How digital transformation changes security needsAs companies look to digital transformation, they must look at security transformation as well
Digital technologies are transforming the business world. Growing numbers of companies are adopting internet-of-things (IoT) devices and moving more of their data into cloud environments.
The advent of these technologies is also causing firms to reimagine traditional business models and innovate new ways to leverage data for growth.
While the digital transformation presents a range of opportunities to today’s companies, it also brings challenges. Some of the most prevalent are the evolving security needs that come with expanding one’s digital presence.
According to a recent survey by Fortinet, 85% of chief information security officers view security issues related to digital transformation as having a somewhat to extremely large effect on their companies.
The digital transformation is altering security needs in some fundamental ways. Here are some of the changes to be aware of.
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Expanded attack surface
The more applications, data and processes move into the digital realm, the more opportunities there are for hackers and other bad actors. There are more potential points of entry, making it difficult for cyber security professionals to catch all vulnerabilities and keep track of all threats.
There’s also the potential for hackers to move laterally through a company’s network once they gain access to one system. This means a network is only as secure as its weakest point. The situation is made even more challenging by siloed security products, which limit visibility into the network.
Higher potential for damage
The potential for damage due to a data breach or hack is also greater than it has ever been. Data is extremely valuable to businesses today, and more devices are now internet-connected, meaning they could be hacked.
Some of these devices and technologies are involved in critical activities. An event in which a cyber attack disrupts some of these activities could have severe implications. For example, the energy grid, hospital equipment and vehicles all now have digital components. Also, the more heavily an organisation depends on digital technologies, the more damaging an attack could be.
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Uncontained enterprise networks
In the past, many businesses had contained networks and hosted all their IT equipment on-site. Some businesses, especially large ones or those that handle especially sensitive data, still do this. Most companies, however, use some sort of digital applications and may host their servers in the cloud.
This means these companies’ networks are not contained and have connections to the publicly accessible internet. While these networks should have protections that restrict access, the use of digital technologies does introduce the potential for hackers to break through these defences and access companies’ networks.
Digital capabilities and other technological improvements have increased the speed at which developers can create and update software. The technology of today changes rapidly, and while this provides benefits, it also makes it more difficult to keep up with security processes.
This increased speed of change makes it easier for security vulnerabilities to slip through. Cyber criminals are also continuously coming up with new methods, meaning security professionals need to work constantly to come up with new ways to provide protection.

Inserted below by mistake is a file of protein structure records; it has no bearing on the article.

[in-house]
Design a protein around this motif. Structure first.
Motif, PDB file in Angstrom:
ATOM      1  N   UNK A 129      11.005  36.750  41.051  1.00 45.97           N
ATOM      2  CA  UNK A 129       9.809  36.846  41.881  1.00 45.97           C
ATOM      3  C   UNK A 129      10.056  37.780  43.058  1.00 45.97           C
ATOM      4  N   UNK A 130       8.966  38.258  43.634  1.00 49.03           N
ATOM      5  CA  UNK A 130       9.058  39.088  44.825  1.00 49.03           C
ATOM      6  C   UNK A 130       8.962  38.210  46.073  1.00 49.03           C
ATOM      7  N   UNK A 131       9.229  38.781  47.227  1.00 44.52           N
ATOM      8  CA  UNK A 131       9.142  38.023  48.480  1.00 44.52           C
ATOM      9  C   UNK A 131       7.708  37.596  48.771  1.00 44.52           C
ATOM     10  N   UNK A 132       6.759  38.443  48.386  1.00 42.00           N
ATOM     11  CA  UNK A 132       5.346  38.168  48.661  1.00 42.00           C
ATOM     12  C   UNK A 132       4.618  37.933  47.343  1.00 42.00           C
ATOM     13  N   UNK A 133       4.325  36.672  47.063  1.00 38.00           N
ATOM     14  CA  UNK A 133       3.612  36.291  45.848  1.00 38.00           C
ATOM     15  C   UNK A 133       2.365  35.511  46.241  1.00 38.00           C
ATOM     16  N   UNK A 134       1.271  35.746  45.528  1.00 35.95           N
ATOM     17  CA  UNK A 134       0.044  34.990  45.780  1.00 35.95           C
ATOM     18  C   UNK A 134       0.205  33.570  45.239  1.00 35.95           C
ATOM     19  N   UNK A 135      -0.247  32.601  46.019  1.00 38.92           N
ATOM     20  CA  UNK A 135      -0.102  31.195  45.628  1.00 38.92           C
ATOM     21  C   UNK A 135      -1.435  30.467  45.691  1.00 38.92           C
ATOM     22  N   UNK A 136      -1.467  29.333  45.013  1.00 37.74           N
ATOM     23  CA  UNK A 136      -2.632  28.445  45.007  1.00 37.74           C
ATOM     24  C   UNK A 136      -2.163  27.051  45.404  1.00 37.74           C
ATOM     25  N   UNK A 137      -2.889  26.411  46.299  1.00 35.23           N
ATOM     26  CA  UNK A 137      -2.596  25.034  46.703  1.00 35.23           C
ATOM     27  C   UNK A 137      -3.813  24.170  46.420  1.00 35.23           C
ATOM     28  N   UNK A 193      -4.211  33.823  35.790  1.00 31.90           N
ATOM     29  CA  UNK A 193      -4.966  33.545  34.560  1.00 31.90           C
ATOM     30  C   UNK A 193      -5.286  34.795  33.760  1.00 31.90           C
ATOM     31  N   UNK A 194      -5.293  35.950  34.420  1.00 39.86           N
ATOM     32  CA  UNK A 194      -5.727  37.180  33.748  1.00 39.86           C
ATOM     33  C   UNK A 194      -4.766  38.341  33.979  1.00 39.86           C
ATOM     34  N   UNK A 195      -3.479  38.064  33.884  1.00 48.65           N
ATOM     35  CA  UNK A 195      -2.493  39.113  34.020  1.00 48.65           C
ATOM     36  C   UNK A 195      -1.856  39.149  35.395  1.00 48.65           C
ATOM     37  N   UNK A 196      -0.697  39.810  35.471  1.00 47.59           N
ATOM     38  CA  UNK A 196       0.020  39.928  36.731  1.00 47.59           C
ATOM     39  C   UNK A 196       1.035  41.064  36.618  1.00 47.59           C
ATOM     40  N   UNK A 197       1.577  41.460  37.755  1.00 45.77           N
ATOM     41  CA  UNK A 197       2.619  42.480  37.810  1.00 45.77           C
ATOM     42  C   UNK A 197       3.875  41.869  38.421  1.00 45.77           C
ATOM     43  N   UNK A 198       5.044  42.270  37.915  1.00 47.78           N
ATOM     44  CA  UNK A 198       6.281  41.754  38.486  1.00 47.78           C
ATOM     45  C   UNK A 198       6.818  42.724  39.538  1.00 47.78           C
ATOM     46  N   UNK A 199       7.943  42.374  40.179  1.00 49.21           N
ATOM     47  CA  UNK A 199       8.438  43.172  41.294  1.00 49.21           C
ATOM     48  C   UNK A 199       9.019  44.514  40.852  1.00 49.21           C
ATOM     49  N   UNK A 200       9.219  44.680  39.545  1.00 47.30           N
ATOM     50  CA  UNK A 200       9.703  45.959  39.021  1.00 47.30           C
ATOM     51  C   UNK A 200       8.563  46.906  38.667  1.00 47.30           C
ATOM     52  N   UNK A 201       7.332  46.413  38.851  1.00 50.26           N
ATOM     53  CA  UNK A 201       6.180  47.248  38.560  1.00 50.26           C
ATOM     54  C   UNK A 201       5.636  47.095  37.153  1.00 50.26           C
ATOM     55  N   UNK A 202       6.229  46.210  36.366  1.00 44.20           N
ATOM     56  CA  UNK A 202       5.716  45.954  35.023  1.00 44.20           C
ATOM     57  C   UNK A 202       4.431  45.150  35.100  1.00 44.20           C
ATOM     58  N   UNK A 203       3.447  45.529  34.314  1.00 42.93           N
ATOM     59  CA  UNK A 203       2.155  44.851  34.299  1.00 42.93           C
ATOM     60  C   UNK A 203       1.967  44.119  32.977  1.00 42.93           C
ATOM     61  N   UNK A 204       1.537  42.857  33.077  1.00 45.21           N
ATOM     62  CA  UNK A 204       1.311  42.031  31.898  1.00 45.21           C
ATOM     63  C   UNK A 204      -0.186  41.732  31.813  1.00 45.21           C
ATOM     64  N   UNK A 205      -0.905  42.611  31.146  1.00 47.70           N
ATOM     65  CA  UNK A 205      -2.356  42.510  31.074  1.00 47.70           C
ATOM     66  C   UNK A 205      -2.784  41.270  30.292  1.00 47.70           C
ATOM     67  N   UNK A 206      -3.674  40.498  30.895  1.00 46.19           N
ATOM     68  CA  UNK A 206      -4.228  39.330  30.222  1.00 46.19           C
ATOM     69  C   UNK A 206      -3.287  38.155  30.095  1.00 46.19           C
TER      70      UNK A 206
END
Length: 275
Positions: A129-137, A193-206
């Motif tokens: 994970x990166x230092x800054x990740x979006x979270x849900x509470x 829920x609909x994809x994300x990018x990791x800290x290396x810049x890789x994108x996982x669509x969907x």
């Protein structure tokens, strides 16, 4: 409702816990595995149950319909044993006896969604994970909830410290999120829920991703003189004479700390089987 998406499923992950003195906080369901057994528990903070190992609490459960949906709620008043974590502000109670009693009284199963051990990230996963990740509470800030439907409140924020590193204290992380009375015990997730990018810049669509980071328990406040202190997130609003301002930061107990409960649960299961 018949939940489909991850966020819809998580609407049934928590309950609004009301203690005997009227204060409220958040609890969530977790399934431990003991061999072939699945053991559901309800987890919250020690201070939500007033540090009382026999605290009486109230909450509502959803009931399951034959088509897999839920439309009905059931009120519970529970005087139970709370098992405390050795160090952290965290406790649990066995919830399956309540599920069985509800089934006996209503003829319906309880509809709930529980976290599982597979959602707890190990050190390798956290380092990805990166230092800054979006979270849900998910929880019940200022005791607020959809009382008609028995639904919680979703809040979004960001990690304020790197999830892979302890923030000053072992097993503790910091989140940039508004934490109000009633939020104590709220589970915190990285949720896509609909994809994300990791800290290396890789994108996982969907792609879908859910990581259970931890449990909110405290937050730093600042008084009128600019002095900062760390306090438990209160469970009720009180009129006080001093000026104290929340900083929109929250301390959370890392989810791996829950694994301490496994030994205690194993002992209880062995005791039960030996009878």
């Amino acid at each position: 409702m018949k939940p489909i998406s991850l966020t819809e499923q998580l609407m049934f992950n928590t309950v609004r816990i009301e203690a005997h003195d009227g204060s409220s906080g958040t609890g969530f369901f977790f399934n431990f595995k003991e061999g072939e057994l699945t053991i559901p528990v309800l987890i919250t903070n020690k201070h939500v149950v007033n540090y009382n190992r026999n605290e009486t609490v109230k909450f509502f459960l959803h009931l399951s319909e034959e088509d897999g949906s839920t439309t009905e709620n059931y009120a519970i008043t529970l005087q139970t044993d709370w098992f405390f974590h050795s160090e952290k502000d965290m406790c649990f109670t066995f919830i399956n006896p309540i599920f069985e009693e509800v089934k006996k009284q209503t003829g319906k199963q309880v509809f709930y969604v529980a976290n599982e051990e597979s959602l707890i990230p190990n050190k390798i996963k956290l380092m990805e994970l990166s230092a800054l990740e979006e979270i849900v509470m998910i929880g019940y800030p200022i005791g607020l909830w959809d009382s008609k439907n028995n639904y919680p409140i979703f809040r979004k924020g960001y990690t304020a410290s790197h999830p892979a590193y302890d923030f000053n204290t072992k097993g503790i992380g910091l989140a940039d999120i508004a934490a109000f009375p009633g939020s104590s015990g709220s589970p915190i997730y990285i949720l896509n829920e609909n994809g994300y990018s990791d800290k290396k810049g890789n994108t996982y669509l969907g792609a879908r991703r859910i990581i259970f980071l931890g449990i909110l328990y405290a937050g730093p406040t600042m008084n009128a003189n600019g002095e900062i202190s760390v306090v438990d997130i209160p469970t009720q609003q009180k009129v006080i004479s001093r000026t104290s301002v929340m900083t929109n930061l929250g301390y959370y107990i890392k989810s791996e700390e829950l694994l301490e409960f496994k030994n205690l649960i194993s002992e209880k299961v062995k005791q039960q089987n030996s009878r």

Increased sophistication of attacks
Not only are the techniques of hackers changing rapidly, but they’re also becoming more sophisticated. Cyber criminals can use artificial intelligence and other advanced tech just like security professionals can.
One type of AI-enabled attack, called a polymorphic attack, is a significant challenge. These types of attacks can morph to avoid detection by traditional security solutions.
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Cyber security solutions for the digital transformation
What changes should those in charge of cyber security make to account for the effects of digital transformation? Here are a few suggestions:
- Integrate security systems: Integrating security systems helps improve visibility into a network and aids in managing a larger attack surface.
- Build in security: Use applications and devices that have built-in security. If building an application, make strong security settings the default option.
- Provide training to staff: Skills gaps related to digital technologies and cyber security can open up companies to threats. Provide regular training to IT and cyber security personnel to boost performance. In addition, train other staff members in how to recognise emails from scammers and avoid exposing data to threats.
- Perform regular testing: Conduct regular penetration testing to uncover potential vulnerabilities and opportunities to improve security.
- Automate cyber security practices: Incorporating automation into security processes can help companies continuously monitor for threats and expand cyber protections, even with limited personnel and resources.
- Share threat intelligence: If information about a potential threat is uncovered, share it across the organisation so everyone can take steps to minimise risk.
The digital transformation is changing the way businesses operate. One of the areas it’s transforming is cyber security. There are now more potential cyber threats than ever before, and attacks are becoming more sophisticated.
Protecting against these threats requires a proactive, continuously integrated and automated approach to cyber security. It also requires companies to adjust their strategies as the threat landscape continues to evolve.